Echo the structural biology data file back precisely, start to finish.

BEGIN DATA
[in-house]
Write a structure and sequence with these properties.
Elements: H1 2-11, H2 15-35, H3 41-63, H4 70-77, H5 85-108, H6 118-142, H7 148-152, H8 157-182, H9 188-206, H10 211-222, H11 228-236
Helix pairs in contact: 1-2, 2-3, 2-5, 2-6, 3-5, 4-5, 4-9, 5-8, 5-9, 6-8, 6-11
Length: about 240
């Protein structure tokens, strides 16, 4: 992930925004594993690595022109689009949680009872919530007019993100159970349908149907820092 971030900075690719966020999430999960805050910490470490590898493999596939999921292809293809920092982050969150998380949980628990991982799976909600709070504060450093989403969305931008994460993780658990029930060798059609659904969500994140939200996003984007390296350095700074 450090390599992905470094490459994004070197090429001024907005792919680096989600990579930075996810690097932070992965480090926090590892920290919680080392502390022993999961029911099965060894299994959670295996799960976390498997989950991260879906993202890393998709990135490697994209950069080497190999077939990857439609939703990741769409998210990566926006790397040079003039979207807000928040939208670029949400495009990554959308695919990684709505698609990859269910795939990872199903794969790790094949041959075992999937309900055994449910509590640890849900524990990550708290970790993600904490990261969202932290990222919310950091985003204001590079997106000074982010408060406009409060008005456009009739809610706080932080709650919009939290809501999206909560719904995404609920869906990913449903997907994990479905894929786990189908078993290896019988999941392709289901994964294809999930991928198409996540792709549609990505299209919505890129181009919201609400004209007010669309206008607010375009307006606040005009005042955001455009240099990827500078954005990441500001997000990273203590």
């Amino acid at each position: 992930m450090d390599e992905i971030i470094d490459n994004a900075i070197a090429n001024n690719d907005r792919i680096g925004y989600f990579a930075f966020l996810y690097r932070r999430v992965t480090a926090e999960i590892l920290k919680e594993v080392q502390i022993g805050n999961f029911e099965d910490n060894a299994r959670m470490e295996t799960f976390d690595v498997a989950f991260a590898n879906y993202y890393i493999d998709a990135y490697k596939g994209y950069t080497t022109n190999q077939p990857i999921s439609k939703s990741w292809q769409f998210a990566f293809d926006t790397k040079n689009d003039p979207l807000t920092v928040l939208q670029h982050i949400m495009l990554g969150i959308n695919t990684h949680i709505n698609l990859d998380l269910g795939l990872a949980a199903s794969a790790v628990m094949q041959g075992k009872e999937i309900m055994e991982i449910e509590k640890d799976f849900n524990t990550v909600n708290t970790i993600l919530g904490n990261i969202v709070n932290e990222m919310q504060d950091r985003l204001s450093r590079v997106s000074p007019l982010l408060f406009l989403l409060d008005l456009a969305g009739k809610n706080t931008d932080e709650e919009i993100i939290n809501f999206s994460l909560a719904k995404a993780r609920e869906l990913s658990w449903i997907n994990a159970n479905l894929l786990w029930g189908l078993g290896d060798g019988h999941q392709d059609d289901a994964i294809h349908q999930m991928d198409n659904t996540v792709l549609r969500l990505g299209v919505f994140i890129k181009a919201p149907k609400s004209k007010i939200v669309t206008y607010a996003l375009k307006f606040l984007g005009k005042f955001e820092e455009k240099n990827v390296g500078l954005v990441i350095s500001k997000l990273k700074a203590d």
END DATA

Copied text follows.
[in-house]
Write a structure and sequence with these properties.
Elements: H1 2-11, H2 15-35, H3 41-63, H4 70-77, H5 85-108, H6 118-142, H7 148-152, H8 157-182, H9 188-206, H10 211-222, H11 228-236
Helix pairs in contact: 1-2, 2-3, 2-5, 2-6, 3-5, 4-5, 4-9, 5-8, 5-9, 6-8, 6-11
Length: about 240
């Protein structure tokens, strides 16, 4: 992930925004594993690595022109689009949680009872919530007019993100159970349908149907820092 971030900075690719966020999430999960805050910490470490590898493999596939999921292809293809920092982050969150998380949980628990991982799976909600709070504060450093989403969305931008994460993780658990029930060798059609659904969500994140939200996003984007390296350095700074 450090390599992905470094490459994004070197090429001024907005792919680096989600990579930075996810690097932070992965480090926090590892920290919680080392502390022993999961029911099965060894299994959670295996799960976390498997989950991260879906993202890393998709990135490697994209950069080497190999077939990857439609939703990741769409998210990566926006790397040079003039979207807000928040939208670029949400495009990554959308695919990684709505698609990859269910795939990872199903794969790790094949041959075992999937309900055994449910509590640890849900524990990550708290970790993600904490990261969202932290990222919310950091985003204001590079997106000074982010408060406009409060008005456009009739809610706080932080709650919009939290809501999206909560719904995404609920869906990913449903997907994990479905894929786990189908078993290896019988999941392709289901994964294809999930991928198409996540792709549609990505299209919505890129181009919201609400004209007010669309206008607010375009307006606040005009005042955001455009240099990827500078954005990441500001997000990273203590």
């Amino acid at each position: 992930m450090d390599e992905i971030i470094d490459n994004a900075i070197a090429n001024n690719d907005r792919i680096g925004y989600f990579a930075f966020l996810y690097r932070r999430v992965t480090a926090e999960i590892l920290k919680e594993v080392q502390i022993g805050n999961f029911e099965d910490n060894a299994r959670m470490e295996t799960f976390d690595v498997a989950f991260a590898n879906y993202y890393i493999d998709a990135y490697k596939g994209y950069t080497t022109n190999q077939p990857i999921s439609k939703s990741w292809q769409f998210a990566f293809d926006t790397k040079n689009d003039p979207l807000t920092v928040l939208q670029h982050i949400m495009l990554g969150i959308n695919t990684h949680i709505n698609l990859d998380l269910g795939l990872a949980a199903s794969a790790v628990m094949q041959g075992k009872e999937i309900m055994e991982i449910e509590k640890d799976f849900n524990t990550v909600n708290t970790i993600l919530g904490n990261i969202v709070n932290e990222m919310q504060d950091r985003l204001s450093r590079v997106s000074p007019l982010l408060f406009l989403l409060d008005l456009a969305g009739k809610n706080t931008d932080e709650e919009i993100i939290n809501f999206s994460l909560a719904k995404a993780r609920e869906l990913s658990w449903i997907n994990a159970n479905l894929l786990w029930g189908l078993g290896d060798g019988h999941q392709d059609d289901a994964i294809h349908q999930m991928d198409n659904t996540v792709l549609r969500l990505g299209v919505f994140i890129k181009a919201p149907k609400s004209k007010i939200v669309t206008y607010a996003l375009k307006f606040l984007g005009k005042f955001e820092e455009k240099n990827v390296g500078l954005v990441i350095s500001k997000l990273k700074a203590d």